CAMBRIDGE, Mass. (February 16, 2011) Israel's Wolf Foundation, whose stated mission is "to promote science and art for the benefit of mankind," has named Whitehead Institute Founding Member Rudolf Jaenisch a recipient of the prestigious 2011 Wolf Prize in Medicine.
Jaenisch will share this year's prize with Kyoto University's Shinya Yamanaka for what the Wolf Foundation describes as "their groundbreaking contribution to stem cell research."
Yamanaka is being recognized for his 2006 experiments showing that four genes inserted into mouse skin cells can confer on the cells the properties of embryonic stem cellsincluding pluripotency, or the ability to differentiate into virtually any mammalian cell type. Yamanaka's work, the generation of so-called induced pluripotent stem cells, or iPS cells, ushered in a new area of cellular reprogramming.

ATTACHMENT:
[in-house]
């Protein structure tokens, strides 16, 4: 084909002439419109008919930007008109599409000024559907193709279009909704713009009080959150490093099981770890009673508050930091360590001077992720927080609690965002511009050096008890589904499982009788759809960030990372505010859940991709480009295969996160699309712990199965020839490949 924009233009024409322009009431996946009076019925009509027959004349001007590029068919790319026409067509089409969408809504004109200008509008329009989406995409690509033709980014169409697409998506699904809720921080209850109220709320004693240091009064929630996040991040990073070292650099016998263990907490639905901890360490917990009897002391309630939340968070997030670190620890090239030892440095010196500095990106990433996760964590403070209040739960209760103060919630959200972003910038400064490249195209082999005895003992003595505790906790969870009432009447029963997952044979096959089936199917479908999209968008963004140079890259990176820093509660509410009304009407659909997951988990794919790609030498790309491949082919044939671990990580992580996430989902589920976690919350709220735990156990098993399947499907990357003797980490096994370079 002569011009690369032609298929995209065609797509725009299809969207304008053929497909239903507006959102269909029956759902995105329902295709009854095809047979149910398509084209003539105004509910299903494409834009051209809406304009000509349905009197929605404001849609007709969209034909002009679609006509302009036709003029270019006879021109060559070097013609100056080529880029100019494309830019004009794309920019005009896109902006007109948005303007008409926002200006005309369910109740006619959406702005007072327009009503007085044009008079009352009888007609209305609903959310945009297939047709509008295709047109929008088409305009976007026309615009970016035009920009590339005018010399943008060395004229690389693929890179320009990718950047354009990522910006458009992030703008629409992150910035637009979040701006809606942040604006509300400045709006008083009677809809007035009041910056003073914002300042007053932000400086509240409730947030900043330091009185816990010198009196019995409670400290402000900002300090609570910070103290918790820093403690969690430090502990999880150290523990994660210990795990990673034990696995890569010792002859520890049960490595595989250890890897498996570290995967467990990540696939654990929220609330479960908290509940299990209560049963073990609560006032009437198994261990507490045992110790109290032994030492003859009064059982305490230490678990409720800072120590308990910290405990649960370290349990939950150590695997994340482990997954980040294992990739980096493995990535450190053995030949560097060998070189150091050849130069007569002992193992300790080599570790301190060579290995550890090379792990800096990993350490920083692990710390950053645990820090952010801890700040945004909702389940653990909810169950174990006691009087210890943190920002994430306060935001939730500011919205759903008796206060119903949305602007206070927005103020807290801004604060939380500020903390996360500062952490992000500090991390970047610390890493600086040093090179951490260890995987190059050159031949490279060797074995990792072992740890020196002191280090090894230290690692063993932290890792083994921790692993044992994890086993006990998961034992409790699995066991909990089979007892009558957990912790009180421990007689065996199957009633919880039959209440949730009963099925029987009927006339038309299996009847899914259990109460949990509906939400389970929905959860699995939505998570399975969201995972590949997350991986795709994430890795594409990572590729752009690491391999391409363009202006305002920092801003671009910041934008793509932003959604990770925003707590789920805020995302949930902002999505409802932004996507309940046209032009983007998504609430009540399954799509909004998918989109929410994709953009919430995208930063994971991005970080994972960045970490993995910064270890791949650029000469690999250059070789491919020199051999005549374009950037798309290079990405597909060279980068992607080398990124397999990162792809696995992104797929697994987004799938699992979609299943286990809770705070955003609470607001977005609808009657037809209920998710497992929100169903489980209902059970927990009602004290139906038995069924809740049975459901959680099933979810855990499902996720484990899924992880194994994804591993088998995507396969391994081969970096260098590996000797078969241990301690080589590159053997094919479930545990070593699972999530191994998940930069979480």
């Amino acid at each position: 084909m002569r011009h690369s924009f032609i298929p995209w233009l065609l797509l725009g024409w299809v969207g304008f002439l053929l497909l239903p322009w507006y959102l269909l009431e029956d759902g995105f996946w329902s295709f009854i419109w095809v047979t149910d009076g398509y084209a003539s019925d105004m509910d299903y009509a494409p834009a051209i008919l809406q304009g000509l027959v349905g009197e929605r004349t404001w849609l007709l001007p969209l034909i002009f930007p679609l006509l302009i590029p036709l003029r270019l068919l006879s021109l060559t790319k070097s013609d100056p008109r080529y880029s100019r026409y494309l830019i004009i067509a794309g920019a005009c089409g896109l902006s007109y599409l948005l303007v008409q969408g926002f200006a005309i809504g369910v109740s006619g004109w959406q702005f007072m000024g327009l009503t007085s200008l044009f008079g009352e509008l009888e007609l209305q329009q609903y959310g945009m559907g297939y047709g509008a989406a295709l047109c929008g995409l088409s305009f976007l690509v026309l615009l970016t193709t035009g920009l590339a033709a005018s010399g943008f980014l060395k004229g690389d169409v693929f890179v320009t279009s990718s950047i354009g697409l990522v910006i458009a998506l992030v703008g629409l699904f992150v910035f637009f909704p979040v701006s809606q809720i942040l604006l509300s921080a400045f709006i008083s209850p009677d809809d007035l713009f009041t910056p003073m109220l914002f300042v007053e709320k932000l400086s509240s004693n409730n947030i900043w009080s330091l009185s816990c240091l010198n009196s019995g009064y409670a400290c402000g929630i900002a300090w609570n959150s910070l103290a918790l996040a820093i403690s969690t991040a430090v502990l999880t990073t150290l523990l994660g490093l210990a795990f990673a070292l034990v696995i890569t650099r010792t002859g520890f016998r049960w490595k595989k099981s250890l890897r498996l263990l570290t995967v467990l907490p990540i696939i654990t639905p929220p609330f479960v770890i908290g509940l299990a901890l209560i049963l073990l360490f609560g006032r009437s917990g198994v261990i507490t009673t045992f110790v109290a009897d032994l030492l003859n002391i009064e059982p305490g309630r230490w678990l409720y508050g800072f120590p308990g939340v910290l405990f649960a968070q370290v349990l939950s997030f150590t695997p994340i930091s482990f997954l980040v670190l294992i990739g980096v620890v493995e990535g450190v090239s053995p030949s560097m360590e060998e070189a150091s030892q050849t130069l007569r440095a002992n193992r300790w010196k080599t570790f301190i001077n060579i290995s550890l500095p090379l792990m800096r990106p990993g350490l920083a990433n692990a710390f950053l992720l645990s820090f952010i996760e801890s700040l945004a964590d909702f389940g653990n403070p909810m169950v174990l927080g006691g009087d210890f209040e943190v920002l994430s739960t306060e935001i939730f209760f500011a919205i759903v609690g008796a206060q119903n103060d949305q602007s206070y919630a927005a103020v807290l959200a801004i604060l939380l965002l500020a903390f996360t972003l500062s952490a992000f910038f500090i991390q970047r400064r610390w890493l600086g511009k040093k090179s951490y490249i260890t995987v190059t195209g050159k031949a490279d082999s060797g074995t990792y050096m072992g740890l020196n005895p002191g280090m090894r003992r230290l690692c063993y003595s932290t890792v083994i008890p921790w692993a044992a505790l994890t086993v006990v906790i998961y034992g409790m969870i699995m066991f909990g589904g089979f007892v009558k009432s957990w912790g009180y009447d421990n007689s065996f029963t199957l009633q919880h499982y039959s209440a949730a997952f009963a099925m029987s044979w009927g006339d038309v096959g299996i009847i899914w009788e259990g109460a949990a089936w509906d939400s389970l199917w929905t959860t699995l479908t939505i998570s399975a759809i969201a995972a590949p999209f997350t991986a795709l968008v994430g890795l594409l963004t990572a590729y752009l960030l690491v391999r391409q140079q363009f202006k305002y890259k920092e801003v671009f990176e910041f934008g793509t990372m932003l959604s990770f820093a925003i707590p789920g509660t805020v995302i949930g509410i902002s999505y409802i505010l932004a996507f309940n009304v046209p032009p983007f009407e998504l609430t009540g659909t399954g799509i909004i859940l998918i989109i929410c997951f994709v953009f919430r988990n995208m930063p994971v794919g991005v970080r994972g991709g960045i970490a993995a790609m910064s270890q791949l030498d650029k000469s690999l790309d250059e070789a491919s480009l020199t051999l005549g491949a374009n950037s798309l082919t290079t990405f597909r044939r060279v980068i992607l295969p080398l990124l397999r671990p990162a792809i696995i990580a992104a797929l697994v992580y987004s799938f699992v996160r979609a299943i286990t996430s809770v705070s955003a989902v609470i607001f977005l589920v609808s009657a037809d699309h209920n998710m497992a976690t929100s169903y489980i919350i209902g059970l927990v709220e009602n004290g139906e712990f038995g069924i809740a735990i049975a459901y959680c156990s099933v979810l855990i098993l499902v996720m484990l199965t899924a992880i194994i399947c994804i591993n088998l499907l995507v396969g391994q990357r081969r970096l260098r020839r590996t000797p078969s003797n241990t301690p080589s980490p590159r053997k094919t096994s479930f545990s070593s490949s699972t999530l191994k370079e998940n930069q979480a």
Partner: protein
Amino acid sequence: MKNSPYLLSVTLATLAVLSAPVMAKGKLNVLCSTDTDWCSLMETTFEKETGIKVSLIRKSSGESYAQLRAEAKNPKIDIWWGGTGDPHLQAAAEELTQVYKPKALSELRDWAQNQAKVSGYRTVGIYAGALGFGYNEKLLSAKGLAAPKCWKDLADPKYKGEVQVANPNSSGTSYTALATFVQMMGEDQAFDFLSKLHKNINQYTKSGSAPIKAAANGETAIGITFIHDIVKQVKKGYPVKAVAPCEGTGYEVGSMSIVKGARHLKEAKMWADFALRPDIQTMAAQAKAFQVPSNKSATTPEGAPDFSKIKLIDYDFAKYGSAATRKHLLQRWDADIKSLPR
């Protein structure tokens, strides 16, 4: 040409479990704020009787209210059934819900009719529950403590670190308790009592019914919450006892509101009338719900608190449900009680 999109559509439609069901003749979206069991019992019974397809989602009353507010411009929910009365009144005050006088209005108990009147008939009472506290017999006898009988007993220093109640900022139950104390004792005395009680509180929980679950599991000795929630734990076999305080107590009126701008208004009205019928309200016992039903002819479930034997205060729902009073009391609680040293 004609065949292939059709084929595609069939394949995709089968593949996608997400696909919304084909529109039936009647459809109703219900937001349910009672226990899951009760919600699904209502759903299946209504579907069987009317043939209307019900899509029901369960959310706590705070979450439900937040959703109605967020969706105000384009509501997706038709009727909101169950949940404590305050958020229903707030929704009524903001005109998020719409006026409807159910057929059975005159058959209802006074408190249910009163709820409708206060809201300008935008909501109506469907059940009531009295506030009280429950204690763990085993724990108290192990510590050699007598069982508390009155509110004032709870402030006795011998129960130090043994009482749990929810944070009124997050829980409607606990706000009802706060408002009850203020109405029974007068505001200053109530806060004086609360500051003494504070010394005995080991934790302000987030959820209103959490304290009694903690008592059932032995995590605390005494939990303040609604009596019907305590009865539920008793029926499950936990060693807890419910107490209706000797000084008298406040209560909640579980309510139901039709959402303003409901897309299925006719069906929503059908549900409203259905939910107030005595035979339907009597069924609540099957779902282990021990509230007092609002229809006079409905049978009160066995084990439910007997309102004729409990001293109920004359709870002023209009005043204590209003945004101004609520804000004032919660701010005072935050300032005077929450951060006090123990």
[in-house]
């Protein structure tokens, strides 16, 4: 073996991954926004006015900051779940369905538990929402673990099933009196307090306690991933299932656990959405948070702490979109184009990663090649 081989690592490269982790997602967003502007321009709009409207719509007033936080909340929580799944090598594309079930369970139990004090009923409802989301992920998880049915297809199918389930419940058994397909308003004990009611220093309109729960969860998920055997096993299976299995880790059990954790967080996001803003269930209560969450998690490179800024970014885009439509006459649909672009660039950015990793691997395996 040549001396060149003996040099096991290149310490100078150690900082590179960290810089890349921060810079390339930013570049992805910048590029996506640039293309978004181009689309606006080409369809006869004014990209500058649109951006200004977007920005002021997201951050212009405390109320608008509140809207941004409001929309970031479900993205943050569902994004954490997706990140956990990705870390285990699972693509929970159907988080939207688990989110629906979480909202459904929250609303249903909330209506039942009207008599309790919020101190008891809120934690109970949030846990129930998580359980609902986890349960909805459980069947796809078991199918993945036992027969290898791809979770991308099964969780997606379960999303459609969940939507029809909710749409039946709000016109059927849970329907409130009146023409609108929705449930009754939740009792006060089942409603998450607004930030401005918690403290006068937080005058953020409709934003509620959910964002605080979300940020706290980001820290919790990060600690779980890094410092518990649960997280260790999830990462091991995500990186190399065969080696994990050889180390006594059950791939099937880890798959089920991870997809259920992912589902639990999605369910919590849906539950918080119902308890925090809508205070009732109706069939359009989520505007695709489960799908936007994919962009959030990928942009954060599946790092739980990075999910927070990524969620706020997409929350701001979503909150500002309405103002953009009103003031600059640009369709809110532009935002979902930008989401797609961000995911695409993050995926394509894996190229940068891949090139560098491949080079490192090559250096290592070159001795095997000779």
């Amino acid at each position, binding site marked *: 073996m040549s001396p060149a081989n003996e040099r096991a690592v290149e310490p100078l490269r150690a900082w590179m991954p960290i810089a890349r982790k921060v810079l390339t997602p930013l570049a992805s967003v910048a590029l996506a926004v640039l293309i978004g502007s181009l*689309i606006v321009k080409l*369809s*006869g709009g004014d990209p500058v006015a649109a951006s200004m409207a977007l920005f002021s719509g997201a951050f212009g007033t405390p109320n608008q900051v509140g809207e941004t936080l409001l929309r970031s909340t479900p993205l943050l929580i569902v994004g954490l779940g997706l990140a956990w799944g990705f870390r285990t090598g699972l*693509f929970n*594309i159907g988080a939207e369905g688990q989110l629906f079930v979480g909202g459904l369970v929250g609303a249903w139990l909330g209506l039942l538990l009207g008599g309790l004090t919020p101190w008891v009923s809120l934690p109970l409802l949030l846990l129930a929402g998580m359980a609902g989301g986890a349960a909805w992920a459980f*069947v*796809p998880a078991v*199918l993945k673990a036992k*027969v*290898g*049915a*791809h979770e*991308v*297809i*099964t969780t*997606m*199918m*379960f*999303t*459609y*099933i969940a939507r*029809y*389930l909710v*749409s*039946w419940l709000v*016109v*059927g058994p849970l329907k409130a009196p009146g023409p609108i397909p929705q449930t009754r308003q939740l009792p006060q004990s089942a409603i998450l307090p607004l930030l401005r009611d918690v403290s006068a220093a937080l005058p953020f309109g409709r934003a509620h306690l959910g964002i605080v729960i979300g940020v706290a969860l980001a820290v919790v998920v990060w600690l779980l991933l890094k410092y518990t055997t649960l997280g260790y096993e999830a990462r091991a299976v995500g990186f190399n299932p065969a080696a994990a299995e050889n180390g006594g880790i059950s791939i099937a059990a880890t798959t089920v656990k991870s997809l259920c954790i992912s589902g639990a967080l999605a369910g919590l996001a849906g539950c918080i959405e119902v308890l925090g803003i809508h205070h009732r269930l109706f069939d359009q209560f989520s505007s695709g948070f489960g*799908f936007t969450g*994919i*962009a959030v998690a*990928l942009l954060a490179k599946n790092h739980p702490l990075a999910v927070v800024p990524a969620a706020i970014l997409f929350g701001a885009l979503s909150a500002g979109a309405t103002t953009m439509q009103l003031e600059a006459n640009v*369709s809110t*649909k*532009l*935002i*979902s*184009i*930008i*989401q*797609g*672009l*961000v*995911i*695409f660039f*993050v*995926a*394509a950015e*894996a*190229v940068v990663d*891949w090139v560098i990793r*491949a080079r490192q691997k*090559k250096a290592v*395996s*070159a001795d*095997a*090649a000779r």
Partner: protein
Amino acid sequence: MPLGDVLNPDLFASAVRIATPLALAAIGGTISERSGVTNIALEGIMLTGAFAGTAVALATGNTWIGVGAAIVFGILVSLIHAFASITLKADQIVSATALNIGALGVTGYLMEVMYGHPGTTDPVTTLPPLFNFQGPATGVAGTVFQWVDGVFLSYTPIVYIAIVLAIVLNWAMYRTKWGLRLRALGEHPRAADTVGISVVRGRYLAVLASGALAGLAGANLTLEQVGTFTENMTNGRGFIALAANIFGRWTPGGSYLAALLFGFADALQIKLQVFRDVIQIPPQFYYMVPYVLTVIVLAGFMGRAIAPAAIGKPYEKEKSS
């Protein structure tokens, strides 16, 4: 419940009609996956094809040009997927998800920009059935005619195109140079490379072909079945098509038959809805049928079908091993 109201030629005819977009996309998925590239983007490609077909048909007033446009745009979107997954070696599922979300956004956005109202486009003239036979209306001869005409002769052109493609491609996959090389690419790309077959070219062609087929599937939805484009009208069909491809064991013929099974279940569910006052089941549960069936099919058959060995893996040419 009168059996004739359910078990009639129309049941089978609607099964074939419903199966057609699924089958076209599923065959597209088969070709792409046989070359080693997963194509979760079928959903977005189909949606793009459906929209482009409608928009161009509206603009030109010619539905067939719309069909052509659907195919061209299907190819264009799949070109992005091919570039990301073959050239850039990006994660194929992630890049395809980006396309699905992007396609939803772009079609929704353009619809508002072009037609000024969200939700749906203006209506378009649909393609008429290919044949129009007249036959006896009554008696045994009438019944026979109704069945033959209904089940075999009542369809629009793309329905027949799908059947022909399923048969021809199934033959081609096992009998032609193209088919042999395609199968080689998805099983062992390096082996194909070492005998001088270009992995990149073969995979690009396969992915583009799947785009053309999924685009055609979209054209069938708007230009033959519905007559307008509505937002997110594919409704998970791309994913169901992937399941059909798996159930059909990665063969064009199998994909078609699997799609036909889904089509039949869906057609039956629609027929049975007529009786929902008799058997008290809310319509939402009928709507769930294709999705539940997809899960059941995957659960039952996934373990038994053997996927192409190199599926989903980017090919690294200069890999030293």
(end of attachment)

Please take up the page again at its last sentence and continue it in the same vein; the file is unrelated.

The following year, Jaenisch advanced Yamanaka's work with the first experiments to demonstrate the therapeutic potential of iPS cells. Jaenisch reprogrammed mouse skin cells into iPS cells, corrected a genetic defect in the cells, and then used the cells to cure a mouse model of sickle-cell anemia. He later used a similar approach to treat a model of Parkinson's disease in rats.
In announcing this year's award, the Wolf Prize Committee stated: "Collectively, the groundbreaking contributions by Dr. Yamanka and Dr. Jaenisch form the basis for work on regenerative medicine currently performed in hundreds of laboratories around the world."
"I'm really very, very honored by this," says Jaenisch. "To be recognized with Shinya Yamanaka in this way is just incredibly gratifying."
The Wolf Prize in Medicine is the third significant honor Jaenisch and Yamanaka have shared in recent years. In late 2008, both were named recipients of the Meira and Shaul G. Massry Prize, and this spring, both will receive the Warren Triennial Prize from Massachusetts General Hospital. For Whiteh
|Contact: Nicole Giese|
Whitehead Institute for Biomedical Research